Mouse Study Provides Insight Into Weight Loss

Crowds of new faces at the gym and bare shelves of kale at the grocery store can only mean — it’s New Year’s Resolution time. Weight loss and increased exercise are common resolutions, but may be more difficult to achieve than you think.

Weight loss clues from mice

Researchers at the U.S. National Institute of Diabetes and Digestive and Kidney Diseases studied overweight mice to gain insight into why weight loss is so difficult for some. The study included feeding normal and high-fat diets to different groups of mice. The mice on the high-fat diet gained weight and did not display as much physical activity as those on normal diets. In addition, the overweight mice released less dopamine, a brain chemical that is essential for exercising. This signals that the brain may actually encourage inactivity in overweight people.

Other studies have linked dopamine to weight loss in terms of food consumption. This is is the first that aims to specifically connect it to exercise.

“Other studies have connected dopamine signaling defects to obesity, but most of them have looked at reward processing — how animals feel when they eat different foods,” researcher Alexxai Kravitz told HealthDay news. “We looked at something simpler: Dopamine is critical for movement, and obesity is associated with a lack of movement,”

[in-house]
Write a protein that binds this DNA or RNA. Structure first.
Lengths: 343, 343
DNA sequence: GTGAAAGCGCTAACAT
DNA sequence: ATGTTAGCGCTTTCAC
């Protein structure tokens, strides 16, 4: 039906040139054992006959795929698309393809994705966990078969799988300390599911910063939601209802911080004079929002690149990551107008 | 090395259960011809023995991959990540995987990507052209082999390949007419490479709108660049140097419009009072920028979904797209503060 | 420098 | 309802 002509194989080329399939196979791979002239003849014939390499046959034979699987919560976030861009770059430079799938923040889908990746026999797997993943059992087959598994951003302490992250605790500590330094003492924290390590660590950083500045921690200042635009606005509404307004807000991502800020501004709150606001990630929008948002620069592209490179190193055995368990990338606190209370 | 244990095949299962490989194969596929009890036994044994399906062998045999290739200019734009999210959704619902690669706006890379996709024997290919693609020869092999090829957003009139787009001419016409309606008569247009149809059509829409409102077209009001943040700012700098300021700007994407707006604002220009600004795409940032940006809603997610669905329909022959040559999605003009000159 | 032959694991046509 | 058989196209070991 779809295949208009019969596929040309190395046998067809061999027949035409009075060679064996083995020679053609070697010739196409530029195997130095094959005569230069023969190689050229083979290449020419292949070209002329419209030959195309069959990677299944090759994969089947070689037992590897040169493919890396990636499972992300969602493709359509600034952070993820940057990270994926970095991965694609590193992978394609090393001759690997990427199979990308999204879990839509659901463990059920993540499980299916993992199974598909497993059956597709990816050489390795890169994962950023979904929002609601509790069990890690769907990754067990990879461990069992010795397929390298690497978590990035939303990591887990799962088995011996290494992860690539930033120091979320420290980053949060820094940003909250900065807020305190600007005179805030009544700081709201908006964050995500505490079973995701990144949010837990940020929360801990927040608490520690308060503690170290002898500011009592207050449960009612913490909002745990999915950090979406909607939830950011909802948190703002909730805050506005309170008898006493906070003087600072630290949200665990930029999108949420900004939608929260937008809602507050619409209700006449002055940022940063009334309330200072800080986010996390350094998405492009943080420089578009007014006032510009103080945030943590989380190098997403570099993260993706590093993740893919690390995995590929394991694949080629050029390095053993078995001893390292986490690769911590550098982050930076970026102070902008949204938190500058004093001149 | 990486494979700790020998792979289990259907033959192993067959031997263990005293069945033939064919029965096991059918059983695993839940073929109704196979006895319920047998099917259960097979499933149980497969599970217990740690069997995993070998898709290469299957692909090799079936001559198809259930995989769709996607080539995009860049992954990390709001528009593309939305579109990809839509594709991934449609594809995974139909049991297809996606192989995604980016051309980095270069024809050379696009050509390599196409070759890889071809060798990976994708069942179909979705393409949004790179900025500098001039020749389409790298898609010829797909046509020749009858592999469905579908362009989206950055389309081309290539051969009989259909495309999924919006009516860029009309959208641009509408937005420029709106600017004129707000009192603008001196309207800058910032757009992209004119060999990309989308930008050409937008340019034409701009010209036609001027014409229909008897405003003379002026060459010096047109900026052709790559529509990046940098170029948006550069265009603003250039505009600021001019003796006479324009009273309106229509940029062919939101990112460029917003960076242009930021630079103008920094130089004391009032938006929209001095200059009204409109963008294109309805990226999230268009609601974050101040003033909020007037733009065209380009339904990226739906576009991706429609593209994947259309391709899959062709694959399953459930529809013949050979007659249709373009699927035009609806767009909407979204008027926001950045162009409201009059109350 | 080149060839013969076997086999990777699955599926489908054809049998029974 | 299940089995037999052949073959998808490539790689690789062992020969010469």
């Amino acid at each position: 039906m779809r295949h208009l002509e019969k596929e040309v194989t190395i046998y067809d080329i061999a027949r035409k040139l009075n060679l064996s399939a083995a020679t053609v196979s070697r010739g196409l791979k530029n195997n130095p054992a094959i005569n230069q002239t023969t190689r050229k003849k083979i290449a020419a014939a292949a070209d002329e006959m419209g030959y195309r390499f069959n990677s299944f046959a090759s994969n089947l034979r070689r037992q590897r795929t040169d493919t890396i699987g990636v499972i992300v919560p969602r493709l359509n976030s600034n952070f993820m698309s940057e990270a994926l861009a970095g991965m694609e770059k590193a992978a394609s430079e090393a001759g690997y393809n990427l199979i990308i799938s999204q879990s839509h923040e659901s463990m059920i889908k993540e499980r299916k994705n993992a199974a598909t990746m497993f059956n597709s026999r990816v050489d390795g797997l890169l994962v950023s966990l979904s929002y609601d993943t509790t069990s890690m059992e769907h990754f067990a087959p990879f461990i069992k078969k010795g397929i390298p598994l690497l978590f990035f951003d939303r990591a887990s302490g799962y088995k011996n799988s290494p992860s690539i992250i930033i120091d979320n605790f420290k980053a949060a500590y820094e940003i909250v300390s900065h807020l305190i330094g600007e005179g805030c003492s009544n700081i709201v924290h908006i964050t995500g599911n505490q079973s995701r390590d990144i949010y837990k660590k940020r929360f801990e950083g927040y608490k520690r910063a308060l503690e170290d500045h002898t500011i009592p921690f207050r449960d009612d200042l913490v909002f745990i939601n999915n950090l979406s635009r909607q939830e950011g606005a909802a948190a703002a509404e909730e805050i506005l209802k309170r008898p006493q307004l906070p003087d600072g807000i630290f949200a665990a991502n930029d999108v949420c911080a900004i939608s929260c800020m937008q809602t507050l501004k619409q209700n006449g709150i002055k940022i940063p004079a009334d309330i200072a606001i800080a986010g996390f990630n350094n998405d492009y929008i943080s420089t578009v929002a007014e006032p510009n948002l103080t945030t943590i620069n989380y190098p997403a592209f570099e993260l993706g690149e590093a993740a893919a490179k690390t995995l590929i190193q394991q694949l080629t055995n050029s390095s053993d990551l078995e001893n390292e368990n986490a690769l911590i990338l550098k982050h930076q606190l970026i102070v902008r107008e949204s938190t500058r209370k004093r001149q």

Connection to humans

Obese man on motorized scooter at Lowes
Source: Wikimedia Commons

Researchers believe that the overweight mice had less capacity to receive and process dopamine. However, the resistance to physical activity started before the mice gained weight. This raises questions about how a change in diet might impact physical activity. The study also calls to question the relationship between willpower and weight loss.

“In many cases, willpower is invoked as a way to modify behavior,” Kravitz said. “But if we don’t understand the underlying physical basis for that behavior, it’s difficult to say that willpower alone can solve it.”

While mice can provide some insight into human behavior, they can’t give all of the answers. Additional research need to be conducted before any specific correlation to human weight loss can be drawn.
So, for now it’s probably best to stick with the plan of eating a healthy diet and hitting the gym in the new year.